Saxon & FM, Barrowland Ballroom, Glasgow
I’ve lost count of the number of times I’ve seen Saxon. It must be close to ten in the last six years alone. One of the hardest working bands in the world of hard rock, the band continue to release high quality albums and put in two hour shows despite their veteran status. Having seen them blow the roof of the Great Hall in Cardiff earlier this year, we tripped the EasyJet fantastic and headed to the iconic Barrowland Ballroom to catch the band on Part II of the Thunderbolt European tour.
Glasgow’s Barrowland Ballroom is a fabulous venue. Located in one of the less salubrious parts of the city, the venue is split over a couple of levels with the main Ballroom at the top level. The iconic sign which lights up the outside set the hairs standing on the back of the neck whilst the security at the main entrance were welcoming and full of humour.
We deliberately missed opening act Wayward Sons as we were having a drink in the very decent Solid Rock Bar, a venue so impressive and one that our own local venues could learn a thing or two from. Clean, spacious and with a decent variety of beers, this looked to be the place for a pre-gig pint.
Entering the Ballroom with its 2100 capacity about 90% full, last minute support FM (8) were in the process of blasting out That Girl, their seminal track receiving a superb response. Every time I see this band I remember how slick and polished they are. Steve Overland has a superb voice whilst the rest of the band, Merv Goldworthy, Jen Davies, Jim Kirkpatrick and Pete Jupp are one musicians. Their smooth AOR style may not suit everyone but the band played it straight, picking out a range of tracks from their 11 album back catalogue including a couple from their most recent Atomic Generation album which received a warm Glasgow roar. Little chat, just plenty of music and the place was close to bouncing by the time the band finished their 40 minute set.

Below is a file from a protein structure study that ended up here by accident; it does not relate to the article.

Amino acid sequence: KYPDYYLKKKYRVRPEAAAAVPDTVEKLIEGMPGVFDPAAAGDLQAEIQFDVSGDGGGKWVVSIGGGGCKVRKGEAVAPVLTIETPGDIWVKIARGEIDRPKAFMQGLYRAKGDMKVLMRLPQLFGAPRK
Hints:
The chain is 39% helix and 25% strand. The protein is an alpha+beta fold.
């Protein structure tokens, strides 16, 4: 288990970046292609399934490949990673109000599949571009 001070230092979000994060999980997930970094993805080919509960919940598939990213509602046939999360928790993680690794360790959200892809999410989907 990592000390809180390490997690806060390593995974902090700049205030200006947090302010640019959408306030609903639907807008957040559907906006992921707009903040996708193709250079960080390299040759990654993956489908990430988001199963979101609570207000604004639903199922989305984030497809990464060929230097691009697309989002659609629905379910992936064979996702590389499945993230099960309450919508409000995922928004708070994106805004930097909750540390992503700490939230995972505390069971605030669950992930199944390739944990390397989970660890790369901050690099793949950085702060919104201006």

We moved to the far side of the venue which proved to be a good move as the show had sold out on the day of the gig and like many buildings of a similar age, the installation of air conditioning had clearly passed by without a thought. It was pretty warm. I’ve reviewed Saxon (9) many times in the past and there are few superlatives left to use. Led as usual by the reliable Biff Byford, whose voice shows no signs of aging, the band crashed through a 22 song set which contained several tracks from Thunderbolt, as well as title tracks from Sacrifice and 2016’s Battering Ram. In essence, the set list changed little from that gig back in Cardiff, with one of the weaker songs from Thunderbolt, Sons Of Odin replacing Sniper and the reintroduction of Solid Ball Of Rock into the setlist about the only variations.
It was clear that whilst the new songs were known to the majority of those present, it was the 1980s stuff that most Saxon fans wanted to hear and as always, they didn’t disappoint. Pick your hit list from the first few albums, and that’s the set list in a nutshell. Motorcycle Man appeared early, a thumping Dallas 1PM nearly took the roof off whilst the standout track was the brooding The Eagle Has Landed which opened the first set of encores. Saxon do it old school, and that’s usually alright for me. Occasionally you wonder whether they would do something a little different, and throw in some curved balls from other albums, but as they arrive at their 40th anniversary next year, it’s hardly a surprise. The famous Glasgow roar arrived at various times, with the volume of the crowd impressive. Despite their reputation, I did feel that the energy levels in the audience at times didn’t match that of those on stage and towards the end of the set it appeared a little subdued. Wheels Of Steel, complete with sing-along and the reemergence of a balloon that Brett had released over 90 minutes earlier which bounced off Biff’s head galvanised the crowd for one last push before the anthem that is Denim & Leather sent everyone home happy.
Saxon have been on the road for most of 2018. Their tour schedule is punishing. The list of countries they’ve travelled to this year lengthy. It’s amazing that they can still do it and with drummer Nigel Glockler showing no ill effects from his subarachnoid haemorrhage from a few years ago, the band appear tighter and healthier than they have in years. Sure, it is at time a bit of a cabaret with Biff playing the ringleader with aplomb, but there is no doubt that Carter, Glockler, Quinn and Scaratt remain fantastic musicians. Their energy and intensity, even on tracks they play night after night is incredible. 2019 should be a brilliant year for one of the best British metal bands of all time. Let’s hope so. They deserve it.